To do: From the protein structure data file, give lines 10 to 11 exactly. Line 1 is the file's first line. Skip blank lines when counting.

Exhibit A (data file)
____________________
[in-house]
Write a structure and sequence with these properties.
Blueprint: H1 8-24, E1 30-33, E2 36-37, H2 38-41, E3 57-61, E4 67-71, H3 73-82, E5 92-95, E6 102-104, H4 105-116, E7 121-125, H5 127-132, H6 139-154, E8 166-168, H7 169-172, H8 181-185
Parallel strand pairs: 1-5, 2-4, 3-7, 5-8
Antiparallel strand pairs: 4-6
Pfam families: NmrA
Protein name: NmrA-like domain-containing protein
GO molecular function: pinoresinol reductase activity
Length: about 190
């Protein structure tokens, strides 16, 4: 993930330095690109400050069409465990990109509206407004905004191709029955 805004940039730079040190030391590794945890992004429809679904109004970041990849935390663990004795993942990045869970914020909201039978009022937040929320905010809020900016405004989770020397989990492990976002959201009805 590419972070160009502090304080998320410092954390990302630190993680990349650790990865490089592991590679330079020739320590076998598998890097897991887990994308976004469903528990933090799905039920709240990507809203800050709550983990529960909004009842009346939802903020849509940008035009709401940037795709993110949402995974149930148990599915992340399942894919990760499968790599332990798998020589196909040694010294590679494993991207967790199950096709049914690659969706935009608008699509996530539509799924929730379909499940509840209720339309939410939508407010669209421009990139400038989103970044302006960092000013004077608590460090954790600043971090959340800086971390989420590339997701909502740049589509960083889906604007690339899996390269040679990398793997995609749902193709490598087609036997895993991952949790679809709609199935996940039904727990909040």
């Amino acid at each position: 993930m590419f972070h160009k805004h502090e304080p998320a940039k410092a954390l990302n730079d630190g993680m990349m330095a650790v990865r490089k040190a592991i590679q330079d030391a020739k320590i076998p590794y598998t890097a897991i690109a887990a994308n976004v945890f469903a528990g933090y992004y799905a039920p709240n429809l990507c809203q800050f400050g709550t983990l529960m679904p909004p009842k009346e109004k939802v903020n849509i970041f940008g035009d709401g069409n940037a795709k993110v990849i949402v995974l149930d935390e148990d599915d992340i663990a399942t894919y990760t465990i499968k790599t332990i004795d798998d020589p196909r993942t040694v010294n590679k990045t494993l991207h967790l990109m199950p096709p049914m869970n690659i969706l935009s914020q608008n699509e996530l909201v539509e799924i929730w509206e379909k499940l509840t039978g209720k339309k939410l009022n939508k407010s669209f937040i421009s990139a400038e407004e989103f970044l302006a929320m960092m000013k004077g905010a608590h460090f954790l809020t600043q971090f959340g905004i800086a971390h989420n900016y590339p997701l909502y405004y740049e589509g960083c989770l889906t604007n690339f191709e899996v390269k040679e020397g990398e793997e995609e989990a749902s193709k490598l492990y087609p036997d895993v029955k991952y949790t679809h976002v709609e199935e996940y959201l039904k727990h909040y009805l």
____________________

């Protein structure tokens, strides 16, 4: 993930330095690109400050069409465990990109509206407004905004191709029955 805004940039730079040190030391590794945890992004429809679904109004970041990849935390663990004795993942990045869970914020909201039978009022937040929320905010809020900016405004989770020397989990492990976002959201009805 590419972070160009502090304080998320410092954390990302630190993680990349650790990865490089592991590679330079020739320590076998598998890097897991887990994308976004469903528990933090799905039920709240990507809203800050709550983990529960909004009842009346939802903020849509940008035009709401940037795709993110949402995974149930148990599915992340399942894919990760499968790599332990798998020589196909040694010294590679494993991207967790199950096709049914690659969706935009608008699509996530539509799924929730379909499940509840209720339309939410939508407010669209421009990139400038989103970044302006960092000013004077608590460090954790600043971090959340800086971390989420590339997701909502740049589509960083889906604007690339899996390269040679990398793997995609749902193709490598087609036997895993991952949790679809709609199935996940039904727990909040």
């Amino acid at each position: 993930m590419f972070h160009k805004h502090e304080p998320a940039k410092a954390l990302n730079d630190g993680m990349m330095a650790v990865r490089k040190a592991i590679q330079d030391a020739k320590i076998p590794y598998t890097a897991i690109a887990a994308n976004v945890f469903a528990g933090y992004y799905a039920p709240n429809l990507c809203q800050f400050g709550t983990l529960m679904p909004p009842k009346e109004k939802v903020n849509i970041f940008g035009d709401g069409n940037a795709k993110v990849i949402v995974l149930d935390e148990d599915d992340i663990a399942t894919y990760t465990i499968k790599t332990i004795d798998d020589p196909r993942t040694v010294n590679k990045t494993l991207h967790l990109m199950p096709p049914m869970n690659i969706l935009s914020q608008n699509e996530l909201v539509e799924i929730w509206e379909k499940l509840t039978g209720k339309k939410l009022n939508k407010s669209f937040i421009s990139a400038e407004e989103f970044l302006a929320m960092m000013k004077g905010a608590h460090f954790l809020t600043q971090f959340g905004i800086a971390h989420n900016y590339p997701l909502y405004y740049e589509g960083c989770l889906t604007n690339f191709e899996v390269k040679e020397g990398e793997e995609e989990a749902s193709k490598l492990y087609p036997d895993v029955k991952y949790t679809h976002v709609e199935e996940y959201l039904k727990h909040y009805l």